Q&A: PC-Based Cable and Harness Test Systems
There are several options for testing cable assemblies, and CAMI Research makes the case for feature-rich, cost-efficient PC-based cable and harness test systems.
Q: What are the available options for wire and harness testing and how do they compare?
There are three categories of test systems on the market: PC-based (external control), microprocessor-controlled, and embedded PC (E-PC) control, which range in price from $1,000 to $4,700. The price of an E-PC system is significantly more than a PC-based system even after adding in the price of a computer. The PC-based system, however, offers more functionality like automation scripting, file management, and a dynamic graphical user interface, while the microprocessor controlled systems having the least functionality.
A PC-based system not only tests cables, but also provides an integrated software package for cable design, labeling, documentation, cataloging, data logging, on-line assembly checking, and test scripting. It supports elimination of errors in transcription, drawing, and rekeying of wire lists as cables pass through design, test, and documentation phases. The user interface capitalizes on the presence of a full-color computer display, even to the extent of optional touch screen operation.
PC-based systems distinguish themselves from microprocessor- and E-PC-controlled systems in that they have expandable and upgradable capabilities, but also remain backward-compatible for all system hardware and software upgrades. This means the method offers the greatest investment longevity, because the equipment itself, test fixtures, data-acquisition electronics, connector cards, and the procedures and processes into which the system becomes embedded, all remain viable.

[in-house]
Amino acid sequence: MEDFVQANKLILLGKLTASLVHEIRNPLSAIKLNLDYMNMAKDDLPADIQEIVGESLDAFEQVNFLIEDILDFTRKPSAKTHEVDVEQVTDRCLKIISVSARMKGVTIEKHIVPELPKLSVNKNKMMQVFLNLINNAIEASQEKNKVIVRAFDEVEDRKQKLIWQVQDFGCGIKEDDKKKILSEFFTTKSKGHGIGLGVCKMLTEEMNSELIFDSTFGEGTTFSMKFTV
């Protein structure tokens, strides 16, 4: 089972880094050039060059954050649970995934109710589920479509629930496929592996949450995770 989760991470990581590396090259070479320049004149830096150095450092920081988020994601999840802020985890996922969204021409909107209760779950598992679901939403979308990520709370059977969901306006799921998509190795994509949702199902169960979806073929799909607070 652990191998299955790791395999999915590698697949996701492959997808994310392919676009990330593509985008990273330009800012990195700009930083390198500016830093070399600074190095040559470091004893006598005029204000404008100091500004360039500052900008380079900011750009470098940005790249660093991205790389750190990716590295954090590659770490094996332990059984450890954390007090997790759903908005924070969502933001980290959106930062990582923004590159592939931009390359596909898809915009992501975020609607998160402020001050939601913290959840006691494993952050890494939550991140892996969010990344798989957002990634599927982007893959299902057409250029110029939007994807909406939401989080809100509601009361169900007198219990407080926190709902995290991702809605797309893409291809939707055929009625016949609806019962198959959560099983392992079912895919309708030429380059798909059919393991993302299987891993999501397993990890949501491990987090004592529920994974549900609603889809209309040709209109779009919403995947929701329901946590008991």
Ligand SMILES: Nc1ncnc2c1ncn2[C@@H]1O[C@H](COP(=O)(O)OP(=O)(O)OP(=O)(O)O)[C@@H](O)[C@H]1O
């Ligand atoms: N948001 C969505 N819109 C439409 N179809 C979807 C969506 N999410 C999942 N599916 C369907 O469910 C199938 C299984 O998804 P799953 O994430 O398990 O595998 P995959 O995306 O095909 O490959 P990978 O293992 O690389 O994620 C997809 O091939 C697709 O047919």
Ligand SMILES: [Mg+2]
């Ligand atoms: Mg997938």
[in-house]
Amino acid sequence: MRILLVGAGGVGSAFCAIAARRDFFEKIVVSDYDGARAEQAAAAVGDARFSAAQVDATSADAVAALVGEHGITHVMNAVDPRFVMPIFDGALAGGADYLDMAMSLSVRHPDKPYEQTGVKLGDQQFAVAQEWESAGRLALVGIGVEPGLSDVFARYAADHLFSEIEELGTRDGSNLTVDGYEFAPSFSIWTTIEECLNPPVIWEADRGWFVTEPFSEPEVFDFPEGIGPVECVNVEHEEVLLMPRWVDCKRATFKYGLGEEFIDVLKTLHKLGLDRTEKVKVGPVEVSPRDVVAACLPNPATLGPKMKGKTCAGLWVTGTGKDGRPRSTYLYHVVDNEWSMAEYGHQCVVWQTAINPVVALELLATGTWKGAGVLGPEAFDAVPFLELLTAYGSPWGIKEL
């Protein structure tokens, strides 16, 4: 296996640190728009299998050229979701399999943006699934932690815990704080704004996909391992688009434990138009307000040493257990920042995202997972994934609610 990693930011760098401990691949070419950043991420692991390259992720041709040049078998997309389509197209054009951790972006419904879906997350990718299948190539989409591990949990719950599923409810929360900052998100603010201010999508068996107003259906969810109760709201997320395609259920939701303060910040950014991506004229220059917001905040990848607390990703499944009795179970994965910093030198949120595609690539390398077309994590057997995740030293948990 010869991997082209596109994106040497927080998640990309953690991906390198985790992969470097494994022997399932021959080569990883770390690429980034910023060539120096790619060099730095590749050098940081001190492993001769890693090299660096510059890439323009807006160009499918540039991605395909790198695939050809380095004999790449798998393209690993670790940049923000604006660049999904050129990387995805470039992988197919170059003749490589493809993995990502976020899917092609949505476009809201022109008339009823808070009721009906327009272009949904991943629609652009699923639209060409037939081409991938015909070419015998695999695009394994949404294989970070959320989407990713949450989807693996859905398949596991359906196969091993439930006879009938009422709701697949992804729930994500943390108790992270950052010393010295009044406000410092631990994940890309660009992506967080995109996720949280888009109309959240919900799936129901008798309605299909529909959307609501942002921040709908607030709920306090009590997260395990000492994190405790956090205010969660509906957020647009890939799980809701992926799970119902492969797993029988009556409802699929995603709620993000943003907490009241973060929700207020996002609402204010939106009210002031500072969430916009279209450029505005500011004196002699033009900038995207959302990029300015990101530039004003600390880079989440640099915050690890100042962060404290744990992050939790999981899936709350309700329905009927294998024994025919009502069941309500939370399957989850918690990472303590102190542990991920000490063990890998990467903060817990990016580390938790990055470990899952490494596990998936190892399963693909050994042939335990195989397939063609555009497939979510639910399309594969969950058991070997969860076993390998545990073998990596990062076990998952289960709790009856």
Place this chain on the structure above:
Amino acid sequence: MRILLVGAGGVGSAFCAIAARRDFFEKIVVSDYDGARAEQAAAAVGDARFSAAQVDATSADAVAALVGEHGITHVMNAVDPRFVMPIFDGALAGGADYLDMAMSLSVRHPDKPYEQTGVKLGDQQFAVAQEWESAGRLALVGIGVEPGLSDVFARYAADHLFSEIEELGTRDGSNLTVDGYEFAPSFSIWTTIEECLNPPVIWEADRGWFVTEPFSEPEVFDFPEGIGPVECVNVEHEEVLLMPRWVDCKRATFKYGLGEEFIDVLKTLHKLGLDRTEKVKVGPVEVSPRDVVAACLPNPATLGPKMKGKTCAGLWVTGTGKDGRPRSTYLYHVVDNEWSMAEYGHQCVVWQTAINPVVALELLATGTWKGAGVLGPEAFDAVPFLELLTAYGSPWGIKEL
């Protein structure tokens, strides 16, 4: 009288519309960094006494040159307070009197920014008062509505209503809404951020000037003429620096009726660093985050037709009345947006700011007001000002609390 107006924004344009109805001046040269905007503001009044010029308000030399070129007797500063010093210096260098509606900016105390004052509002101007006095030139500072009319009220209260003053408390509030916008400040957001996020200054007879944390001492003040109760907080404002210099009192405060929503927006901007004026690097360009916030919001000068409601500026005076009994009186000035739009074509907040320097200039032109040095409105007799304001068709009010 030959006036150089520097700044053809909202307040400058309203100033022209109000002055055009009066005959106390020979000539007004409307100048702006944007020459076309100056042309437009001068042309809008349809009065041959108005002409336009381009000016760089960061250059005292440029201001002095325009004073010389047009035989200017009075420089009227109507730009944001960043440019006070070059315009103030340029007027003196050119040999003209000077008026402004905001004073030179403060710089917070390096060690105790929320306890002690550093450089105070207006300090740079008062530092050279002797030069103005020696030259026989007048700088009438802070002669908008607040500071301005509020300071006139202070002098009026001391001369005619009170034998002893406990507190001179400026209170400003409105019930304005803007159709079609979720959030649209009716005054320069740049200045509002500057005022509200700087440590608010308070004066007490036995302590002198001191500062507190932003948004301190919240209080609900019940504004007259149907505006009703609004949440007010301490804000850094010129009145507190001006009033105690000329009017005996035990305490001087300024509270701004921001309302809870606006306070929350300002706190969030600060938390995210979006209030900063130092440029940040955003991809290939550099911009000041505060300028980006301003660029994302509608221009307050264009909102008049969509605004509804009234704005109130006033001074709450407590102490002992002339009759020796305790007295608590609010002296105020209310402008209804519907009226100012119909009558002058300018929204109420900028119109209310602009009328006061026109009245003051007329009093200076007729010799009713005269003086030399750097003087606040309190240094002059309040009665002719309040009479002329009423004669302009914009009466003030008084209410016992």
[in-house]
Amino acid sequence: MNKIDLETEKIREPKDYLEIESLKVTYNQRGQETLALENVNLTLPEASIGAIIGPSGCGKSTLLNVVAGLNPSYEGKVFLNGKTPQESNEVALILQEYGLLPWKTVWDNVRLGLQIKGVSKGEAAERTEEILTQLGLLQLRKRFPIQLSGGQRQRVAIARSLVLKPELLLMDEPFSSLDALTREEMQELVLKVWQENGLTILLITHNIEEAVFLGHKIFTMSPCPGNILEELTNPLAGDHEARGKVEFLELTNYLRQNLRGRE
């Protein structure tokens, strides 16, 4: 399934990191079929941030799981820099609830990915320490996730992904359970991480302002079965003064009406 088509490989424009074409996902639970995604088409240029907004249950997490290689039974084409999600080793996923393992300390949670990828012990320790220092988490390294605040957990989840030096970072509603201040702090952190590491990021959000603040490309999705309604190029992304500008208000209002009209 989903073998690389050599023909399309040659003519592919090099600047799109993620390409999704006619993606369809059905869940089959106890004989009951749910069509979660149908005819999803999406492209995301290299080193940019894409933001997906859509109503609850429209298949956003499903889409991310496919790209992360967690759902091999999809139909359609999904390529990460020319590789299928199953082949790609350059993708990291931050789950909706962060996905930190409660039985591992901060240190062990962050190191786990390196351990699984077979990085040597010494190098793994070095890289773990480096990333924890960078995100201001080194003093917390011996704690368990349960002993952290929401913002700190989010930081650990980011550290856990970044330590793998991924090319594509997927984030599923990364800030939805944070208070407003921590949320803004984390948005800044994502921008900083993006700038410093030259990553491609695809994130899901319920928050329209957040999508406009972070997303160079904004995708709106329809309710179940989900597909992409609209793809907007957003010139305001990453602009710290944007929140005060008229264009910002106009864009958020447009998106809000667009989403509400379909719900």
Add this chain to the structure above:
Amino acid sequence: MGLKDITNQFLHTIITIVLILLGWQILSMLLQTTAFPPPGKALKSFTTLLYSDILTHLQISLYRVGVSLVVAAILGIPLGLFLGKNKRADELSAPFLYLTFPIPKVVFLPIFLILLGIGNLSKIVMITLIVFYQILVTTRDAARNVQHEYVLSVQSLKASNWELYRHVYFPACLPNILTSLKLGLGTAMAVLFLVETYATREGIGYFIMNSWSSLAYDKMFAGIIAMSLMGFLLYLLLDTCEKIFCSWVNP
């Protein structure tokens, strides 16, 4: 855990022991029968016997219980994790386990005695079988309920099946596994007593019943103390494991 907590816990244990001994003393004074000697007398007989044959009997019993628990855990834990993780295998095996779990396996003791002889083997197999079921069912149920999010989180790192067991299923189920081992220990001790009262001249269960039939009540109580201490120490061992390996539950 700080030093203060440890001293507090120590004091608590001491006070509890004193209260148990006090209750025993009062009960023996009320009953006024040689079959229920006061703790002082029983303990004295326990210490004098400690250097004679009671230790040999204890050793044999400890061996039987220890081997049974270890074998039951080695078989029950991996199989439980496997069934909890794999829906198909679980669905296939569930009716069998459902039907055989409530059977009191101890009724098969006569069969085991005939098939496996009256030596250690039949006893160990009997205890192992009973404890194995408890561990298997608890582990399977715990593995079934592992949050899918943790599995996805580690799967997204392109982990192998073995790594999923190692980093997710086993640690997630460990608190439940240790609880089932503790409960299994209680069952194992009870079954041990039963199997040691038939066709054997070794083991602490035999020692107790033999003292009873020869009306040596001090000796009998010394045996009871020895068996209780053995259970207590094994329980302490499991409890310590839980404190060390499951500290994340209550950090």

While the modern trend is towards PC-based systems, the largest volume of cable and harness equipment sold today is microprocessor-controlled. As they’re not PC-based, they can’t be upgraded. A popular tester design employed by several manufacturers uses a cigar-box-shaped chassis with assembly-language-driven embedded microprocessor control, rocker-switch pushbuttons, and an LCD character display. While some PC software is available to link these testers to a PC, the software is optional and provides little more than cable file storage.
Several standalone models are available that use E-PC control. Like the microprocessor systems, these also tend to have cigar-box-shaped chassis. While an external keyboard and monitor can be connected, these systems were designed for use with an on-board touchscreen display and are more like an EM tester than a PC-based system. By designing a PC controller into the tester, these companies add significant hardware complexity (and some system functionality) to the tester which results in:
- Increased cost to the purchaser (by at least 50%),
- Reduced reliability due to a greater number of components and thus an increased likelihood of failure
- Higher repair cost should the system require maintenance
- More challenging (costly) hardware and software upgrading
If a hard drive is also installed, it becomes more susceptible to shock-induced failure because of the unit’s small size and portability as compared to a desktop/laptop PC, as well as the intended use in a production environment. However, without a mass storage device, much of the potential of a PC-based system is lost.
Q: What is CableEye?
A: CableEye is an expandable and upgradable diagnostic and pass/fail cable and harness test system that’s PC-based. It’s used for production, fault diagnosis, QC, assembly, and prototyping of standard or custom wire cables and harnesses.
Each of the five models instantly measures, displays, and documents basic electrical properties. Both HiPot models, for example, can test resistance, dielectric breakdown, insulation resistance, miswires, and sporadic defects.